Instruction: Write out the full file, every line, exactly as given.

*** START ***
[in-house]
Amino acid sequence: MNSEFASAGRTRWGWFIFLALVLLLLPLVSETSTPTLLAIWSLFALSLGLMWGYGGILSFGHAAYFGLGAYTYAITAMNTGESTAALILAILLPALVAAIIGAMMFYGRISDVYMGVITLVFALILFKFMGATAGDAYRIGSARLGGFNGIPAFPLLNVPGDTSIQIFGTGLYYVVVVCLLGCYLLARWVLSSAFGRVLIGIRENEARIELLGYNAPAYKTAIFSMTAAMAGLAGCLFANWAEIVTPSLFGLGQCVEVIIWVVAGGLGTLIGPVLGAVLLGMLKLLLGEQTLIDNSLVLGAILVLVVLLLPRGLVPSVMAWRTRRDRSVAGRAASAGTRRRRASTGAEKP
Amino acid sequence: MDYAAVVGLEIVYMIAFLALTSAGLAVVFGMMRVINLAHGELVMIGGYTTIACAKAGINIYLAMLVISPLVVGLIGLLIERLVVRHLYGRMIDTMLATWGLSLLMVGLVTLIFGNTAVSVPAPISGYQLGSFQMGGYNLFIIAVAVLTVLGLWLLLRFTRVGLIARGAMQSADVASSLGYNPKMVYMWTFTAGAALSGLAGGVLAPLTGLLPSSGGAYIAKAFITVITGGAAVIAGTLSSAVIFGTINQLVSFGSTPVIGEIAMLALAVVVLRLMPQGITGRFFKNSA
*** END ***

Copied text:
[in-house]
Amino acid sequence: MNSEFASAGRTRWGWFIFLALVLLLLPLVSETSTPTLLAIWSLFALSLGLMWGYGGILSFGHAAYFGLGAYTYAITAMNTGESTAALILAILLPALVAAIIGAMMFYGRISDVYMGVITLVFALILFKFMGATAGDAYRIGSARLGGFNGIPAFPLLNVPGDTSIQIFGTGLYYVVVVCLLGCYLLARWVLSSAFGRVLIGIRENEARIELLGYNAPAYKTAIFSMTAAMAGLAGCLFANWAEIVTPSLFGLGQCVEVIIWVVAGGLGTLIGPVLGAVLLGMLKLLLGEQTLIDNSLVLGAILVLVVLLLPRGLVPSVMAWRTRRDRSVAGRAASAGTRRRRASTGAEKP
Amino acid sequence: MDYAAVVGLEIVYMIAFLALTSAGLAVVFGMMRVINLAHGELVMIGGYTTIACAKAGINIYLAMLVISPLVVGLIGLLIERLVVRHLYGRMIDTMLATWGLSLLMVGLVTLIFGNTAVSVPAPISGYQLGSFQMGGYNLFIIAVAVLTVLGLWLLLRFTRVGLIARGAMQSADVASSLGYNPKMVYMWTFTAGAALSGLAGGVLAPLTGLLPSSGGAYIAKAFITVITGGAAVIAGTLSSAVIFGTINQLVSFGSTPVIGEIAMLALAVVVLRLMPQGITGRFFKNSA